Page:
Fortunately, in Michigan, Direct Primary Care has been 'legalized' via the efforts of State Senator Patrick Colbeck and his Senate Bill No. 1033. I have placed legal and legalized in quotations above because practicing Direct Primary Care or retainer-based medicine is not illegal, but having laws on the books like Senate Bill No. 1033 in Michigan and the proposed HB 37 in Florida removes any potential legal challenges and allows doctors who want to practice DPC medicine a clear path.

And we need more doctors having a clear path to the type of medical practice that they can enjoy and sustain for the long term. We need more doctors practicing primary care medicine. One of the arguments against DPC is that the panel size is smaller in the typical DPC practice as compared to the traditional Fee-for-Service practice. In the Sun-Sentinel article, a part of my LinkedIn article was quoted:

"As to the charge that Direct Primary Care contributes to the shortage of primary care doctors, Paul Thomas, a doctor with Plum Health DPC, wrote in an essay published on LinkedIn.com last year that the model might actually encourage more medical students to become primary care doctors, rather than pursue higher-paying specialty fields.

"A Direct Primary Care practice with 500 members can provide a primary care provider with more income than some earn with 3,500 patients at a fee-for-service practice, Thomas wrote. And the increased time for personal interaction eliminates “role strain” and allows the provider to address patients as whole people, he said.

I believe that Direct Primary Care practices provide physicians and patients with a better primary care experience, and will allow doctors to practice for longer periods of time without retiring early or leaving the field completely because of burnout. I'm happy to see the DPC movement spreading across the country, and I'm happy to be quoted in these two publications.

Thanks for reading!

- Dr. Paul Thomas with Plum Health DPC

Plum Health Featured on the Detroit Rising Podcast

This week, Plum Health DPC was featured in Crain's Detroit Business in an article by Senior Reporter Chad Livengood. There is an accompanying audio recording of the interview, here

The Detroit Rising Podcast focuses on business and commerce and the intersection of Public Policy in Detroit. It was a pleasure to be featured on the podcast and on the Crain's Detroit website. Additionally, Chad Livengood brings excellent insights along with his investigative reporting.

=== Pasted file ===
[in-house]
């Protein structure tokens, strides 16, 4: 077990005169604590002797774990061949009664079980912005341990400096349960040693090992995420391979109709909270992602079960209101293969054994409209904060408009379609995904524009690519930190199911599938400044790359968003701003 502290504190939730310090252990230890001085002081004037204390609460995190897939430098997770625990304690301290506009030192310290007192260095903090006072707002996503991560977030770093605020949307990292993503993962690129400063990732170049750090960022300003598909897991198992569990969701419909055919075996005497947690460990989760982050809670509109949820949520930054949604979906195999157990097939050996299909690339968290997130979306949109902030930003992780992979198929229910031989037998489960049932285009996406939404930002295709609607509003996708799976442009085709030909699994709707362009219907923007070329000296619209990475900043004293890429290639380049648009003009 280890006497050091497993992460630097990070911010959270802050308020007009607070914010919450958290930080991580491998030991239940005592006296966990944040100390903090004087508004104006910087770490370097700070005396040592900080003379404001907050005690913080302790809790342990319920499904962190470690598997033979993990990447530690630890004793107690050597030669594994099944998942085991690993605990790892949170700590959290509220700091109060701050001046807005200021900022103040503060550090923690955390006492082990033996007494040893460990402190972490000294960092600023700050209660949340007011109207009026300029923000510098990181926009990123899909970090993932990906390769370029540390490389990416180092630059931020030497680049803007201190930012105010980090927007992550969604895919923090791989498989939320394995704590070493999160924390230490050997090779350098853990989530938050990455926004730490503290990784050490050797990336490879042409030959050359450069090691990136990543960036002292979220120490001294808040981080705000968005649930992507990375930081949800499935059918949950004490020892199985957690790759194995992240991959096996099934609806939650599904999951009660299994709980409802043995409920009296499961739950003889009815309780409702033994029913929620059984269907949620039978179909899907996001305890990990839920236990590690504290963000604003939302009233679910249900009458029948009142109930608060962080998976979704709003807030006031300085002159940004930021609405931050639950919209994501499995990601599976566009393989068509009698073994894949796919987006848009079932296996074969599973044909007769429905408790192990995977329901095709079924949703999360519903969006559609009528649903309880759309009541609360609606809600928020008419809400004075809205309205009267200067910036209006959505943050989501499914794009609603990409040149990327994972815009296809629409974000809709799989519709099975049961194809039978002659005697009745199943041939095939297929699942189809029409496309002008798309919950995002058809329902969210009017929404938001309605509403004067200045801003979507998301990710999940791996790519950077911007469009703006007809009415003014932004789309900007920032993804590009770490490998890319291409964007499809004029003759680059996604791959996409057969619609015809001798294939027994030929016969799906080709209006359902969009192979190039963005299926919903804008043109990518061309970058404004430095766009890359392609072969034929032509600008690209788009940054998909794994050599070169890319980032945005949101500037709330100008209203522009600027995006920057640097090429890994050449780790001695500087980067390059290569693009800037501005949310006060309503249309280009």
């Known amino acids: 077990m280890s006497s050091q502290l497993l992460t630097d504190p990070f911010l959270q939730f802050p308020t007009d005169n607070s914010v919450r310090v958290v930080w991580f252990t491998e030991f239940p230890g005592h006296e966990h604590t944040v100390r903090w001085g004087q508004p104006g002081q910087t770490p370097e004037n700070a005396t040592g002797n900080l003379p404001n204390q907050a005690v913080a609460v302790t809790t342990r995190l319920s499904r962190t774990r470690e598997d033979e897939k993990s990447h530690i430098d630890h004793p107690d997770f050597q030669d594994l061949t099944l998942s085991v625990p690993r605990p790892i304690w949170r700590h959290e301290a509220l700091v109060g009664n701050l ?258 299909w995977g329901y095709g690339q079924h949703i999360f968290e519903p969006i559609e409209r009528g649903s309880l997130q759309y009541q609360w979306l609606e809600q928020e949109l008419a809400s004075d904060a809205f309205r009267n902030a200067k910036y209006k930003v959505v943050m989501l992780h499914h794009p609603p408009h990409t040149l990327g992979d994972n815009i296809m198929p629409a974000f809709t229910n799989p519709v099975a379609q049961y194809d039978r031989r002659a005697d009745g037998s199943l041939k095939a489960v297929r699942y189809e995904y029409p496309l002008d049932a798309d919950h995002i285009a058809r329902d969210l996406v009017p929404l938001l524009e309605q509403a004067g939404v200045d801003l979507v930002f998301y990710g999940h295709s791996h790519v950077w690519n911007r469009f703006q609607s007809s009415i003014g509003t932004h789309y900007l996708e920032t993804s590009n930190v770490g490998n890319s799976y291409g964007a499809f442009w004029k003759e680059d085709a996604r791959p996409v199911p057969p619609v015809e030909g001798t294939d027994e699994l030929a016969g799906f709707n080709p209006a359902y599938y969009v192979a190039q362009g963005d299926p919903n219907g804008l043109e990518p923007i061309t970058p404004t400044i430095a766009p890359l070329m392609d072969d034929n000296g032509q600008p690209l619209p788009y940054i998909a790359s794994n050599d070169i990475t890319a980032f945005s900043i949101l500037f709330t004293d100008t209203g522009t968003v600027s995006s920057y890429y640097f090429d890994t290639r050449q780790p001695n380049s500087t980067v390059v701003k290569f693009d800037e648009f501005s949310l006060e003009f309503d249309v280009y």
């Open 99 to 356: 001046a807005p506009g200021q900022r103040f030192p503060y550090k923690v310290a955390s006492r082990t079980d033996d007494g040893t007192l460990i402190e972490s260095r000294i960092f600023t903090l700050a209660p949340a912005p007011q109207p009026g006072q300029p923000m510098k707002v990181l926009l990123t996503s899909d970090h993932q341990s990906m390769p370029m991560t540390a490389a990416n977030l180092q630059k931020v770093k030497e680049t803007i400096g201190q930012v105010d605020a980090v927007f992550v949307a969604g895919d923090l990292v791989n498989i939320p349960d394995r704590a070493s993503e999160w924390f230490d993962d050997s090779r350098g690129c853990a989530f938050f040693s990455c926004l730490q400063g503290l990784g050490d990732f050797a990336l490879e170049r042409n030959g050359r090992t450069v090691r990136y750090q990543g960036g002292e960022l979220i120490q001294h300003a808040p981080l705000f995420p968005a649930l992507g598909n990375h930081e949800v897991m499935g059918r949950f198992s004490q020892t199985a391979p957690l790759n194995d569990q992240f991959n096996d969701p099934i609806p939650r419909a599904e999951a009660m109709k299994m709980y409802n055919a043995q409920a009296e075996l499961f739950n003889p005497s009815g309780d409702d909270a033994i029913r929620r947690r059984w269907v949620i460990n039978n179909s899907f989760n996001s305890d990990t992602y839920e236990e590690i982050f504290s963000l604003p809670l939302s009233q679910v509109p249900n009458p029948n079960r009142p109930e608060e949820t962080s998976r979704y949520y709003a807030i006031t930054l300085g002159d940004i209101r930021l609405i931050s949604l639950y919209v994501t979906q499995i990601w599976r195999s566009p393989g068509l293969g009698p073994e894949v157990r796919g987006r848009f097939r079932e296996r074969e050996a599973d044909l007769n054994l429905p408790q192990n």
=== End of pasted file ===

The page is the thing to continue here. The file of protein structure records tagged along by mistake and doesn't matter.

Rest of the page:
In the audio segment, Mr. Livengood states, "one of the biggest challenges to rebuilding Detroit is getting service-based businesses to set up shop after decades of disinvestment." And, Plum Health DPC is one of those service-based businesses, and it was exciting to discuss how we're making health care more affordable and accessible in Detroit.

During the interview, we talk about the Direct Primary Care business model, the availability of primary care physicians in Detroit, and what the City of Detroit is doing to improve the quality of life in the city. 

Thanks for reading and listening, and have a wonderful day,

- Dr. Paul Thomas with Plum Health DPC

2018 Plum Health Direct Primary Care Crains Detroit Business Chad Livengood.png

A screenshot from the Crain's Detroit webpage featuring our interview.

 On February 20th, we were featured on the front page of the Crain's Detroit Business webpage, you just might have to squint to see us!

On February 20th, we were featured on the front page of the Crain's Detroit Business webpage, you just might have to squint to see us!

These Mobile Businesses are Changing the Game in Detroit

Running a successful business is tough. Running a successful mobile business can be even more difficult! This week, I participated in a panel discussion that took a deep dive into what it takes to run a successful mobile business in Detroit.

The panel was a part of Build Institute's Open City series, and featured four business owners: Lisa Waud of Pot and Box, Alleah Webb of Drifter Coffee, Ebony Rutherford of Trish's Garage, and Paul Thomas, MD (that's me!) of Plum Health DPC. The panel was expertly moderated by Sarah Donnelly of TechTown Detroit

 Build Institute's Open City Panel, featuring Ebony Rutherford, Alleah Webb, Paul Thomas MD, and Lisa Waud. The panel was moderated by Sarah Donnelly. The event was hosted by Build Institute's Christianne Malone.

Build Institute's Open City Panel, featuring Ebony Rutherford, Alleah Webb, Paul Thomas MD, and Lisa Waud. The panel was moderated by Sarah Donnelly. The event was hosted by Build Institute's Christianne Malone.